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Ely, Counselor at Law
Category: Estate Law
Satisfied Customers: 99430
Experience:  Fully licensed attorney in Texas in private practice.
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If i take a DNA test and it proves that my deceased brother

Customer Question

If i take a DNA test and it proves that my deceased brother is the father of an indive
JA: Estate laws vary by state. What state are you in?
Customer: Va
JA: What documents or supporting evidence do you have?
Customer: Let me start over.....I just want to know if a person can sue me/estate if its proved that my deceased brother is his father
JA: Anything else you want the lawyer to know before I connect you?
Customer: yes mY mother left me everthing since my brother died before she did. And i want to know if its proven through a DNA test that my brother is in fact the father can this person sue my estate.
Submitted: 1 month ago.
Category: Estate Law
Expert:  Ely replied 1 month ago.

Hello and welcome to JustAnswer. Please note: This is general information for educational purposes only and is not legal advice. No specific course of action is proposed herein, and no attorney-client relationship or privilege is formed by speaking to an expert on this site. By continuing, you confirm that you understand and agree to these terms.

The answer is no. But of course, it gets more complicated.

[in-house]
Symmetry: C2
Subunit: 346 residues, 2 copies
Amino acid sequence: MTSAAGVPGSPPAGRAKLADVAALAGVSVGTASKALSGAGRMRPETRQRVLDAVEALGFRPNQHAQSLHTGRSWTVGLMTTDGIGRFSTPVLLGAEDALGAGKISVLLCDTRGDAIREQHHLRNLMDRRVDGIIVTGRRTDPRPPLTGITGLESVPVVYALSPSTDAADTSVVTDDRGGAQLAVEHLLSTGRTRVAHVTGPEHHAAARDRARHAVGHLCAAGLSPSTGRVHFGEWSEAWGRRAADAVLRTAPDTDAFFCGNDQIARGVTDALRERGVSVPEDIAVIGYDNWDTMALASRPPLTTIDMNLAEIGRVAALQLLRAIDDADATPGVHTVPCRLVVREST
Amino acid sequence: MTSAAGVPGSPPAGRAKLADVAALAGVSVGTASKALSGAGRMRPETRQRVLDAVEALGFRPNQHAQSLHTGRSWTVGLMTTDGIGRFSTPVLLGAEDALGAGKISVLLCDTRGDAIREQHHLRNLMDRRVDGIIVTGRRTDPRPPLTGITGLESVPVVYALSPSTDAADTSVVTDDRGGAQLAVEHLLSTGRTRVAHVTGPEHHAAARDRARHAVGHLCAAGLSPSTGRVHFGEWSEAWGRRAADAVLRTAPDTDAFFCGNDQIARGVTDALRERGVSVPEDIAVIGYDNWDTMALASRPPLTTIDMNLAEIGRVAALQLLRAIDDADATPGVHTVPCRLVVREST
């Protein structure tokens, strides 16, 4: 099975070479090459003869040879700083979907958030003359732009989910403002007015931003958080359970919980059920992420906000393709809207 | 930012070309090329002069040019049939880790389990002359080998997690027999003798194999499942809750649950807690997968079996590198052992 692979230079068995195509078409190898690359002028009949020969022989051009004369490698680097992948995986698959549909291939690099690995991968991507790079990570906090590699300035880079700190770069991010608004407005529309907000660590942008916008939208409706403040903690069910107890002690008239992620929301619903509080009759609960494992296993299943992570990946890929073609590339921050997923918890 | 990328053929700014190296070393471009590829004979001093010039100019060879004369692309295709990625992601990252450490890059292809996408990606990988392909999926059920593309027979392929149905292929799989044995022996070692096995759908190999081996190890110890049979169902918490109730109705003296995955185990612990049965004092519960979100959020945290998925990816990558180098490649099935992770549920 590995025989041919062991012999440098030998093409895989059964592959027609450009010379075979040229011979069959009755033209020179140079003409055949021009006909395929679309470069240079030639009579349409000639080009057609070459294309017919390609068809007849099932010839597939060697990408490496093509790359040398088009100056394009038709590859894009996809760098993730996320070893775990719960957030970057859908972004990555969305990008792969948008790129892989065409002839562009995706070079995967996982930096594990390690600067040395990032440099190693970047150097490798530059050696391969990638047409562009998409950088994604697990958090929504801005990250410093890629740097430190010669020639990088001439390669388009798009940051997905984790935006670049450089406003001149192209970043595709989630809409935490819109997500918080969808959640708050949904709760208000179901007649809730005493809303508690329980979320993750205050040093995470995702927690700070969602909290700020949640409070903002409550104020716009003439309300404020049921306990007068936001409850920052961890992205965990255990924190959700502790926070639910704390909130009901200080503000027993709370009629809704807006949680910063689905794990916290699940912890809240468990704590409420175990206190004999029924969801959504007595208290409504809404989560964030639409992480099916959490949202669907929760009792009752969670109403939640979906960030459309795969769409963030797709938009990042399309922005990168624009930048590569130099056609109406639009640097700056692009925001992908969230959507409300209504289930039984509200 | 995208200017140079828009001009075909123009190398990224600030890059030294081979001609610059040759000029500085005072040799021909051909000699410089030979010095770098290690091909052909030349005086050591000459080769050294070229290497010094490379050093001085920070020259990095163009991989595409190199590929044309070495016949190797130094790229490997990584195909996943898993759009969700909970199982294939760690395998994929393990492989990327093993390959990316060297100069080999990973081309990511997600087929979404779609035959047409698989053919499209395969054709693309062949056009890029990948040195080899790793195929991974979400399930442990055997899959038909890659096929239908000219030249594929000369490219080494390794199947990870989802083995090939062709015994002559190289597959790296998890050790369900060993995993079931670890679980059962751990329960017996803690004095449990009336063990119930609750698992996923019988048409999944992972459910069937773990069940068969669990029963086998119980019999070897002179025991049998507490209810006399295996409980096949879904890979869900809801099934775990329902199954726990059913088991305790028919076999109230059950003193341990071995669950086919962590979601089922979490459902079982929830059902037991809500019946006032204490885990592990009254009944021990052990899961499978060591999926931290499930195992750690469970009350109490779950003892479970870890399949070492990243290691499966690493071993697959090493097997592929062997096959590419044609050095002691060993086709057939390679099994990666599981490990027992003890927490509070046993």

Family members are not liable for the debts of the deceased individual, with the exception of spouses in some states and in some circumstances. You are not the spouse, so this would not apply to someone in your situation.

However, the creditor can trace the assets of the estate from the deceased individual and attach these assets to fulfill a civil judgment - if they get one through the court, and if they attempt to trace assets in the first place. With things like titled assets, this is easier. However with items that do not have titles such as furniture, jewelry, etc, this is not.

In addition, if the family members file probate formally for the estate of the deceased individual and give creditors proper notice, then whatever assets were formally transferred to the heirs under probate before the creditors can bring their claim can generally no longer be attached.

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